Alfred Stieglitz was always interested
in photography as an art form. He was also interested in the technical
boundaries of photography. This picture is one of his early experiments
in stopping motion, in this case the motion of a horse-drawn carriage
and the wind-whipped snow. Stieglitz stood for three hours in a driving
blizzard to get this picture, waiting for something picturesque to come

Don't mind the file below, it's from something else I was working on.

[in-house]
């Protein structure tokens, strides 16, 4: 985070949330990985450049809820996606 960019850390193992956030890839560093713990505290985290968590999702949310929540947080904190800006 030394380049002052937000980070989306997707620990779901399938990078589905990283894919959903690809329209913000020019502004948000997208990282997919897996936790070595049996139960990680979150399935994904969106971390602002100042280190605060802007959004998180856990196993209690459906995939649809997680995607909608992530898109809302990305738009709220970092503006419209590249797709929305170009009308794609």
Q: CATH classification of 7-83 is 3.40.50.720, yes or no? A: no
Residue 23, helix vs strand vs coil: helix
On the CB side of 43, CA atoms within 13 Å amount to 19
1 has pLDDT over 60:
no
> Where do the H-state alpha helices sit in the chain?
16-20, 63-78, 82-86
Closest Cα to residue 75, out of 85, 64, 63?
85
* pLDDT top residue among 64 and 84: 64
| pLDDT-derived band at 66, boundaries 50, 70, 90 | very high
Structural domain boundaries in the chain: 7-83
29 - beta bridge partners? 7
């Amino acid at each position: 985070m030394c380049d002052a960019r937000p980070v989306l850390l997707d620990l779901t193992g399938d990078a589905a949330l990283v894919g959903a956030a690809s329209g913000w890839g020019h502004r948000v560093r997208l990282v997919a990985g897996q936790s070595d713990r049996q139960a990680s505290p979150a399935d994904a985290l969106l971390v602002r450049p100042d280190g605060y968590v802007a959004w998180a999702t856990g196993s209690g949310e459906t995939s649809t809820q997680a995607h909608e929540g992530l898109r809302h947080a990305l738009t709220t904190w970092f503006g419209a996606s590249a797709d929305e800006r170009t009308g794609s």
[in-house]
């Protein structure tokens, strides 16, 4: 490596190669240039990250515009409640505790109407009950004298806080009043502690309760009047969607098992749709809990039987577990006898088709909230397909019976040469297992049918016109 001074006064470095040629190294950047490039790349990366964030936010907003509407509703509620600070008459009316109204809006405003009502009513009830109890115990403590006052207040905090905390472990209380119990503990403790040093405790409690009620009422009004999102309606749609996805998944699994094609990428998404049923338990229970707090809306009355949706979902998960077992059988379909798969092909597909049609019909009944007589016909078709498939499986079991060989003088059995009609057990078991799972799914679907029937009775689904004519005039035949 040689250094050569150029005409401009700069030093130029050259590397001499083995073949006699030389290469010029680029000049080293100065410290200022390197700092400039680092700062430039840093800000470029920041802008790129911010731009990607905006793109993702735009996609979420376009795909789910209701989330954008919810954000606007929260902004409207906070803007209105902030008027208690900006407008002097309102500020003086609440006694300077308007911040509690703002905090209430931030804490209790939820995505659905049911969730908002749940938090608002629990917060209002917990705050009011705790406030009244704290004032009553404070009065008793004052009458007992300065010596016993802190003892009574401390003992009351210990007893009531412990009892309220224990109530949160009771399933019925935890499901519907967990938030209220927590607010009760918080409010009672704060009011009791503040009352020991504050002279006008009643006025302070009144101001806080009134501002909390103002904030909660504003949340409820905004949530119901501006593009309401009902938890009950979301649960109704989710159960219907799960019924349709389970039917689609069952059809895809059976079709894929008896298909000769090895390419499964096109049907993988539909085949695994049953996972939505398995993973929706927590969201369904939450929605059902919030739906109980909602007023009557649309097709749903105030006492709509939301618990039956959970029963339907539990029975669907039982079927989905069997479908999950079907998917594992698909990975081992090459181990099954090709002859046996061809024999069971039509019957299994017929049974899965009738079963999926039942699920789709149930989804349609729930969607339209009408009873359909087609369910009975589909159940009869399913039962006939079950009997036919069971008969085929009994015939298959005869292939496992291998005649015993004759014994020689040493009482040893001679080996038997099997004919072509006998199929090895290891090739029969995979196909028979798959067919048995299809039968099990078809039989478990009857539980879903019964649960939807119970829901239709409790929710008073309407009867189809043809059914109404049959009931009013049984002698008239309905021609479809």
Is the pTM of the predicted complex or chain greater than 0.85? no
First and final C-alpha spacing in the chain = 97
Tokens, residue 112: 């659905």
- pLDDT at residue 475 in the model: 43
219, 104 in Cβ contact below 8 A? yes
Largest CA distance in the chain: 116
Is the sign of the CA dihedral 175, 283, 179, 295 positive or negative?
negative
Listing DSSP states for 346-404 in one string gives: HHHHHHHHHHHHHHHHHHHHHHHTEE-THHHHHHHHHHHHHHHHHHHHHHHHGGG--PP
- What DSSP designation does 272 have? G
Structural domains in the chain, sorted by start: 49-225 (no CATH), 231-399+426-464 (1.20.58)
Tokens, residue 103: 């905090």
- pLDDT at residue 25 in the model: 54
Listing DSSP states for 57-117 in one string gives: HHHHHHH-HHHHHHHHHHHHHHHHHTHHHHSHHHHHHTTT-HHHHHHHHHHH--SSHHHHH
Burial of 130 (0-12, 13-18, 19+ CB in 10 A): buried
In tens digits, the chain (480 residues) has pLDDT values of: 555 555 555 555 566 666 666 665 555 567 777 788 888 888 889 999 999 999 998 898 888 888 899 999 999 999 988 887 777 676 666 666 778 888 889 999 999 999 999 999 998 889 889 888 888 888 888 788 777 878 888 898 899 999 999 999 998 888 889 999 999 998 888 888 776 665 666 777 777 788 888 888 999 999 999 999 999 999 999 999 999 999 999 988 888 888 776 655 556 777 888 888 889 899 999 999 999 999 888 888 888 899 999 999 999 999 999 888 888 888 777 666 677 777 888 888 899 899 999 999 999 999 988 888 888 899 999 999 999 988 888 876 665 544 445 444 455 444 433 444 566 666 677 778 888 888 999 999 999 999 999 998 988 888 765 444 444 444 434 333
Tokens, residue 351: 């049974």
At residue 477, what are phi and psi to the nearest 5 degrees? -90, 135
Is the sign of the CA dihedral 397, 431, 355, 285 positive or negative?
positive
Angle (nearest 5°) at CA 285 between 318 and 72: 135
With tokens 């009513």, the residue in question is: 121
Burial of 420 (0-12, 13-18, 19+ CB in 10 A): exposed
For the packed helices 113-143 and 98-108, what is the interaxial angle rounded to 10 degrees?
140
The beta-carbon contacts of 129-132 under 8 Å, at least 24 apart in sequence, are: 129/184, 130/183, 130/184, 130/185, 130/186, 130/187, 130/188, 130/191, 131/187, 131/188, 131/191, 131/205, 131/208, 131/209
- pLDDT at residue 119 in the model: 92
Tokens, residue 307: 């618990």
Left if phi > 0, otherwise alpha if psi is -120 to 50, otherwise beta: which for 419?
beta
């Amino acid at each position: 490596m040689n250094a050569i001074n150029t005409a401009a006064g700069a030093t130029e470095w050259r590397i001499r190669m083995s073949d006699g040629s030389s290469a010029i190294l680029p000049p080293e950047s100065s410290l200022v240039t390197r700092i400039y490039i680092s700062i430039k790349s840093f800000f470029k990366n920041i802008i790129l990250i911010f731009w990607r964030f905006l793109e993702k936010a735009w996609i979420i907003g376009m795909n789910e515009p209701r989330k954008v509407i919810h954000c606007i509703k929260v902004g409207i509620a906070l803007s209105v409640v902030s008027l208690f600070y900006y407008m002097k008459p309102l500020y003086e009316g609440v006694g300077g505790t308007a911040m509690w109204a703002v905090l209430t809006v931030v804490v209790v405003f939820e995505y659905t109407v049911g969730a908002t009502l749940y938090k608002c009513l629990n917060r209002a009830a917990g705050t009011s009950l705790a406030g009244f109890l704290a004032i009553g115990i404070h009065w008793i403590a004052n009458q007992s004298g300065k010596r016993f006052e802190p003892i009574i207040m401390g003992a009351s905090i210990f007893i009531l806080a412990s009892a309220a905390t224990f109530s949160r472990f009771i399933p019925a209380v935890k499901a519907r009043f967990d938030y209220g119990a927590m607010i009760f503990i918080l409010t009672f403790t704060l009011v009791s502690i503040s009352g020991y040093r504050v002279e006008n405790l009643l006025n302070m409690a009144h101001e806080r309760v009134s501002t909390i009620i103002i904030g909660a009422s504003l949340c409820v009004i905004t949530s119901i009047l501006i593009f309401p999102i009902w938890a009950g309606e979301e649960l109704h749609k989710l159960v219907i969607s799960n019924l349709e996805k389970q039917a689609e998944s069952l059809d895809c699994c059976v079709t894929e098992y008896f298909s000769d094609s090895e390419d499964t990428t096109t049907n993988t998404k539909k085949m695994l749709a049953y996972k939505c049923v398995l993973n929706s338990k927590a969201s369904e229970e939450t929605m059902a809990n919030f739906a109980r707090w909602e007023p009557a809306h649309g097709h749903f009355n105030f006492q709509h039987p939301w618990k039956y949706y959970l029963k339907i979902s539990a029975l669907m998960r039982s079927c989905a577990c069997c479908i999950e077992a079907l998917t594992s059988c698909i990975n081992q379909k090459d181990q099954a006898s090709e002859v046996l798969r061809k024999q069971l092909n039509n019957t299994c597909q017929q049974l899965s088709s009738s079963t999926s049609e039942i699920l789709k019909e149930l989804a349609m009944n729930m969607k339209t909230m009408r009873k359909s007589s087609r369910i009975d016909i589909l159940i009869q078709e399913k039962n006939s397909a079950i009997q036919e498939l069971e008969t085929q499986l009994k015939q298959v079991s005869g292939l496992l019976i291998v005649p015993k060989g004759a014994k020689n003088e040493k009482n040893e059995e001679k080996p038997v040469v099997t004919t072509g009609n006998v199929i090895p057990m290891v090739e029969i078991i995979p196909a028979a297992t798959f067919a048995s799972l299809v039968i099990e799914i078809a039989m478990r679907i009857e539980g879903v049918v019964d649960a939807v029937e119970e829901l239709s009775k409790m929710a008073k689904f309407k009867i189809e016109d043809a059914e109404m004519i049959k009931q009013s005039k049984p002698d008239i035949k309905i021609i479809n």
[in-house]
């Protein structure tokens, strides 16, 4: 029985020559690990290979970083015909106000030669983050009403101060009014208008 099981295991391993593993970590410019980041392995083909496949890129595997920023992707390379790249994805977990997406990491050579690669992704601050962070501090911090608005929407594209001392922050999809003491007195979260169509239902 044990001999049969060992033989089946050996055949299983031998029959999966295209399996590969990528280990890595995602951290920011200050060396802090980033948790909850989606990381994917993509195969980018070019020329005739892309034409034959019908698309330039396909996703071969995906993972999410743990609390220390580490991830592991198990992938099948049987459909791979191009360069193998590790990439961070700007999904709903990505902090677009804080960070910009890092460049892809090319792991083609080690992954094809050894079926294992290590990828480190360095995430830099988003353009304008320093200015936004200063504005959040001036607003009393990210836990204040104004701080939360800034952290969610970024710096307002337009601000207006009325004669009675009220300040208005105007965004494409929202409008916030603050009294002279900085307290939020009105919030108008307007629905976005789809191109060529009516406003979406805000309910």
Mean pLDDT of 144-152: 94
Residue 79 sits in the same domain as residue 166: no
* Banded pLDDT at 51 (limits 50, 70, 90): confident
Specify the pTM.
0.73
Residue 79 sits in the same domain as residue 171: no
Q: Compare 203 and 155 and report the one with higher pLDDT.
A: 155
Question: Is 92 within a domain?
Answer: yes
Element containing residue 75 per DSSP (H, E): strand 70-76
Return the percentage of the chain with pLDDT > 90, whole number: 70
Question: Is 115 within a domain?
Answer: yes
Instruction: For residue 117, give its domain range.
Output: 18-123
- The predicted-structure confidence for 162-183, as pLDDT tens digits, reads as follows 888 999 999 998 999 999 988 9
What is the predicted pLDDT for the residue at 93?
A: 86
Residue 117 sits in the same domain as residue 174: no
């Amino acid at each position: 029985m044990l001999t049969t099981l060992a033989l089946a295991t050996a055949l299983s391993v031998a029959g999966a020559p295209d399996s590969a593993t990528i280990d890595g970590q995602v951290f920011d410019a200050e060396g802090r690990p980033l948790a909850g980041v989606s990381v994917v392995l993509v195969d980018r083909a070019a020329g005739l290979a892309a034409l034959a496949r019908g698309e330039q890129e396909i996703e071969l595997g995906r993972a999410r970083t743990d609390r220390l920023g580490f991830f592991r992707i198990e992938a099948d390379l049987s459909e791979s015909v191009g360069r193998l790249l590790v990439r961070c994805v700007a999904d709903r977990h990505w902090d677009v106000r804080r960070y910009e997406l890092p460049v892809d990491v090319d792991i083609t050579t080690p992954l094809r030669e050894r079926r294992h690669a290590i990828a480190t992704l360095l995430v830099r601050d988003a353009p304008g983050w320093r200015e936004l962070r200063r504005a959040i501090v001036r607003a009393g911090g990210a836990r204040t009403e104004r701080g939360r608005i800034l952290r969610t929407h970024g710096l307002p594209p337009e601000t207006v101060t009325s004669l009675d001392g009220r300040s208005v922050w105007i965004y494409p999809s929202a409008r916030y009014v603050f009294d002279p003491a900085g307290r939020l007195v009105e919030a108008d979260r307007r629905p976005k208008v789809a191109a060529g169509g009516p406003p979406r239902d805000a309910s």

moving through the storm.
The snow was a critical aspect, for this picture was also a Stieglitz
experiment in atmosphere. Rather than use a special soft-focus lens (called
a Lens of Atmosphere in advertisements), Stieglitz wanted
to take straight, hand-held detective camera photos of real,
observed moments. He needed naturally-occuring atmosphere to create a
mood, situating his pictures squarely in the realm of the art world. Weather
provided the atmosphere, the fuzzy, soft-focus effects that could double
as brushstrokes. Weather could be means to his artistic ends and Stieglitz
would turn to it again and again.